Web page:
This 4-page publication presents a straightforward and intuitive approach based on compounding costs to determine the timber value of a forest at any stage of its development. Written by Andres Susaeta, and published by the UF/IFAS School of Forest, Fisheries, and Geomatics Sciences, March 2021.
Traditionally, the land expectation value (LEV) formula, the present value of perpetual cash inflows of timber revenues minus the present value of cash outflows of costs, has been employed as the main indicator of the value of a forest investment. However, when a forest stand is already established, the LEV approach is incomplete because it applies only to bare land. Thus, it is necessary to determine the value of a property with an existing forest stand. This 3-page fact sheet written by Andres Susaeta and Chris Demers and published by the UF/IFAS School of Forest Resources and Conservation provides the formula to determine the value of an already established forest stand at any stage of its development. This approach, known as the forest value formula, includes the value of the timber and the land. It can be used to compare the value of the stand when it is immediately harvested or when it is economically immature.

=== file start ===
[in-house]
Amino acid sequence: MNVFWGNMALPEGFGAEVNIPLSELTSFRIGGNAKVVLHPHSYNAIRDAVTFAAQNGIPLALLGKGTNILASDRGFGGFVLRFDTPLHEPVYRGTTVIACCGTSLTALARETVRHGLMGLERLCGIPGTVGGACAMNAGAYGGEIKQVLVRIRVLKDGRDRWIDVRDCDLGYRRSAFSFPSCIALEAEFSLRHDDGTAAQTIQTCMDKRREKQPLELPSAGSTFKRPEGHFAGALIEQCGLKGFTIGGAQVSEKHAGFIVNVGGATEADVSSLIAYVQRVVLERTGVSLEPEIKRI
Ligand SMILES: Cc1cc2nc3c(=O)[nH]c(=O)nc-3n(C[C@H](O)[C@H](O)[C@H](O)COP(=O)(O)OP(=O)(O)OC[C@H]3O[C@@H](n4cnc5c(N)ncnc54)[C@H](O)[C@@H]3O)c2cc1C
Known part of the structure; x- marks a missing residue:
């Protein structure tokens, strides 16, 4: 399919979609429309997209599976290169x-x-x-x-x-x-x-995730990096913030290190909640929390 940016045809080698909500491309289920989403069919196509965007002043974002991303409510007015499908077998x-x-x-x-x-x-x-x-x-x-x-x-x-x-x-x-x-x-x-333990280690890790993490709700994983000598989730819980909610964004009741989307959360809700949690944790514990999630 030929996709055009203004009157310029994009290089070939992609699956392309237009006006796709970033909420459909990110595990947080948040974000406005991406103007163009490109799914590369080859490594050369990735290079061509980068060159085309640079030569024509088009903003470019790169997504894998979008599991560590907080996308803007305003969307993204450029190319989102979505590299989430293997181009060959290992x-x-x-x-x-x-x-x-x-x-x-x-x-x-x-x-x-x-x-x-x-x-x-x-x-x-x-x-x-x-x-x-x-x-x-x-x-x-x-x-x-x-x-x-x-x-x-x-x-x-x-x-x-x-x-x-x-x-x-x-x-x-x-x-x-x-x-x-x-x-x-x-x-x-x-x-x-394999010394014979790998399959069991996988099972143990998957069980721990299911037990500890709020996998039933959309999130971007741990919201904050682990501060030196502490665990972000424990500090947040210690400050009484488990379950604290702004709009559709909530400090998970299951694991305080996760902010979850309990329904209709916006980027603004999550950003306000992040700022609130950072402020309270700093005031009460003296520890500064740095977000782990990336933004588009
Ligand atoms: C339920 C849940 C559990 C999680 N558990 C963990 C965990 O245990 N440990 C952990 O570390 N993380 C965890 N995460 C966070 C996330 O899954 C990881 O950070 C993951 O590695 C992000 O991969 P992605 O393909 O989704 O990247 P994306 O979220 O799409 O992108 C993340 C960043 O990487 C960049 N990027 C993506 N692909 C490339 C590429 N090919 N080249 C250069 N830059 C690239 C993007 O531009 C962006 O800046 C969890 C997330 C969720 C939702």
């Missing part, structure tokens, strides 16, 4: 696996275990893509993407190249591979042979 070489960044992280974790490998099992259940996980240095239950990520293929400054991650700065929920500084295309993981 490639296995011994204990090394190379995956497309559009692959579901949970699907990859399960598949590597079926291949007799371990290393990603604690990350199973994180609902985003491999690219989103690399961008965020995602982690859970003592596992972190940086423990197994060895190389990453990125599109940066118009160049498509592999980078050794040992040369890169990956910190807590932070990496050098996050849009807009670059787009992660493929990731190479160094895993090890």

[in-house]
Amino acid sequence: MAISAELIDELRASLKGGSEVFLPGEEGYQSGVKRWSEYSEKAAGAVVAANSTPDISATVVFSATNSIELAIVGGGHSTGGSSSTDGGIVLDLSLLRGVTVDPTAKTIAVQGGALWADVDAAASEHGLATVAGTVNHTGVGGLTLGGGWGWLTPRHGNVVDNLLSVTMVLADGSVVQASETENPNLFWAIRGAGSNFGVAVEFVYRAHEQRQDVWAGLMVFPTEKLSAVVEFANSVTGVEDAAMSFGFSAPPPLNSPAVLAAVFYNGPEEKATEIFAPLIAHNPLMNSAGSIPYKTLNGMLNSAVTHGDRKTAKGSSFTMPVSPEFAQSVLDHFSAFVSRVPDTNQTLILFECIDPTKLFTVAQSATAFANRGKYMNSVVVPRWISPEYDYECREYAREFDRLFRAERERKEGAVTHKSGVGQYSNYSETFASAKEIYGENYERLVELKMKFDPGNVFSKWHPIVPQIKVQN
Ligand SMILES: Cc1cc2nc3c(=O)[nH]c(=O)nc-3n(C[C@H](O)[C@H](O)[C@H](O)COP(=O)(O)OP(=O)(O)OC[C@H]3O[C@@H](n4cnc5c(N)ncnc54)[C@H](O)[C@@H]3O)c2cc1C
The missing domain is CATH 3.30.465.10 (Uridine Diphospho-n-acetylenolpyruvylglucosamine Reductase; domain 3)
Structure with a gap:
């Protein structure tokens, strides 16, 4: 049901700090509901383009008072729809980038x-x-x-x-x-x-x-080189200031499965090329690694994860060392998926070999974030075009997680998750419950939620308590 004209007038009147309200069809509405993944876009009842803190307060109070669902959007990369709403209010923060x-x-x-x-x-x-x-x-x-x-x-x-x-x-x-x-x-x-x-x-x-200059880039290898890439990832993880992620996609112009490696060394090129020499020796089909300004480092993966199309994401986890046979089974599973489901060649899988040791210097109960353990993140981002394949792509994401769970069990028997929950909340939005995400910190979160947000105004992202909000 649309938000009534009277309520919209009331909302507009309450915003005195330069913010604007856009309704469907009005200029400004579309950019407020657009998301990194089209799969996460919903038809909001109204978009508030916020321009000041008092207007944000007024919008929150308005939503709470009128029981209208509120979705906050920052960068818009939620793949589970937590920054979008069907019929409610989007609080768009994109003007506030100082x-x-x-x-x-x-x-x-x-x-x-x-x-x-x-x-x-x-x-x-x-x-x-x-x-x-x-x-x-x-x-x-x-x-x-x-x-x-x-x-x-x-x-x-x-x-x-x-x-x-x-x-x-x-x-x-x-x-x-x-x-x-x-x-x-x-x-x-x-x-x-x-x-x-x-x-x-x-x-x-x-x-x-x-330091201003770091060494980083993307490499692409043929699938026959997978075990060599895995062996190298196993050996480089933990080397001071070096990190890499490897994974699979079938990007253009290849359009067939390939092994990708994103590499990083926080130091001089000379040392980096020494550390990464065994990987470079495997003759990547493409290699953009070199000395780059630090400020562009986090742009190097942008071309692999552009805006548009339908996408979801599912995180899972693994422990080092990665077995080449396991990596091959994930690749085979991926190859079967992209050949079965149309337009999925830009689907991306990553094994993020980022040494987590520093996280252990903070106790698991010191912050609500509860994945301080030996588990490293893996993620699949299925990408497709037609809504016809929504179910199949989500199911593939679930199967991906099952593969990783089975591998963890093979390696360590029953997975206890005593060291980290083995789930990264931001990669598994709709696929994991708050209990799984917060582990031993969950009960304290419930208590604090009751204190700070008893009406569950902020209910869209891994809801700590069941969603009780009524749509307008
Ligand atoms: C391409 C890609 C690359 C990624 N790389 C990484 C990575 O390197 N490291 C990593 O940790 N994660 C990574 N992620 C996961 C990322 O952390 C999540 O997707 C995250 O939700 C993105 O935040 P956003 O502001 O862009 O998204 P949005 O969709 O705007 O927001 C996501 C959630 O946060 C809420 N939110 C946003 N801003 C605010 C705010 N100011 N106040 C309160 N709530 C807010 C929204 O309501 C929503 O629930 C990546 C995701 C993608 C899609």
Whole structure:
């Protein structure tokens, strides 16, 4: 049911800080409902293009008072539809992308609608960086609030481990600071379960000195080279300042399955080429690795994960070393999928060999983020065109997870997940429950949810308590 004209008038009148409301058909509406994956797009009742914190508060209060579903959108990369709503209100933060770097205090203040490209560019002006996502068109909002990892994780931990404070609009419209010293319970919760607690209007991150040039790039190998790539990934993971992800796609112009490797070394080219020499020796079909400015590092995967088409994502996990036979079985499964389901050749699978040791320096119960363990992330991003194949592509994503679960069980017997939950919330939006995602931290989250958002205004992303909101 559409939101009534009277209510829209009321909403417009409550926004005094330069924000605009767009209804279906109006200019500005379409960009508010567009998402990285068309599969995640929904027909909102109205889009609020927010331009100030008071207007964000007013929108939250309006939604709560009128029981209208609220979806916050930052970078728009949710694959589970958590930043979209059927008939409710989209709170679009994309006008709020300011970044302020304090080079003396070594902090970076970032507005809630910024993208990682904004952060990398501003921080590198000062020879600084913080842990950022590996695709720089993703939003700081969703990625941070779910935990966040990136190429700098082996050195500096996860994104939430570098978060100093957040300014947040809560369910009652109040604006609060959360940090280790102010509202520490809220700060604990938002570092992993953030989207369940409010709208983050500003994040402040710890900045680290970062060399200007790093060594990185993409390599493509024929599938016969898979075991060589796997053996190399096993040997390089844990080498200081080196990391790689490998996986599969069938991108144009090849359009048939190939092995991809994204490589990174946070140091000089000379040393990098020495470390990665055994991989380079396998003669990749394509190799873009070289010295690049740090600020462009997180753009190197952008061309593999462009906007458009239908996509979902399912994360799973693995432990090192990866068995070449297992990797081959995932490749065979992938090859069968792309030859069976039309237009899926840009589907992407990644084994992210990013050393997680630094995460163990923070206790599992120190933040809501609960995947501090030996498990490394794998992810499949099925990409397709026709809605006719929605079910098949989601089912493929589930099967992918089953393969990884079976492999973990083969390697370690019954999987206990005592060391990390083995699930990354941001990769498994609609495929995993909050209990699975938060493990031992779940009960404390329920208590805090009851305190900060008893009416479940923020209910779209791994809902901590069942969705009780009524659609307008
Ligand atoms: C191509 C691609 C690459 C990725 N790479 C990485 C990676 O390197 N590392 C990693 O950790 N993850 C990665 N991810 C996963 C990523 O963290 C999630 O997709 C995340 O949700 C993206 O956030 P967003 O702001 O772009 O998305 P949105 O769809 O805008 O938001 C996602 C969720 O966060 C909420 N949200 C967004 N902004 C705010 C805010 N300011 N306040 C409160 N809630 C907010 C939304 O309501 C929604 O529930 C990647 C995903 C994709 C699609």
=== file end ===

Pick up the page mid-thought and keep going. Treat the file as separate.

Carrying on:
Would a forest landowner be economically better off growing a forest for pulpwood production with a short rotation instead of growing the same forest for sawtimber production with a longer rotation? To help answer this and related questions, this 4-page fact sheet written by Andres Susaeta and Chris Demers and published by the UF/IFAS School of Forest Resources and Conservation presents two approaches to determine the profitability of a forest stand. The net present value (NPV) of a single rotation provides the criterion to choose between different forest project investments of equal lives, whereas the equivalent annuity approach (EAA) is employed when forest project investments have different time lengths.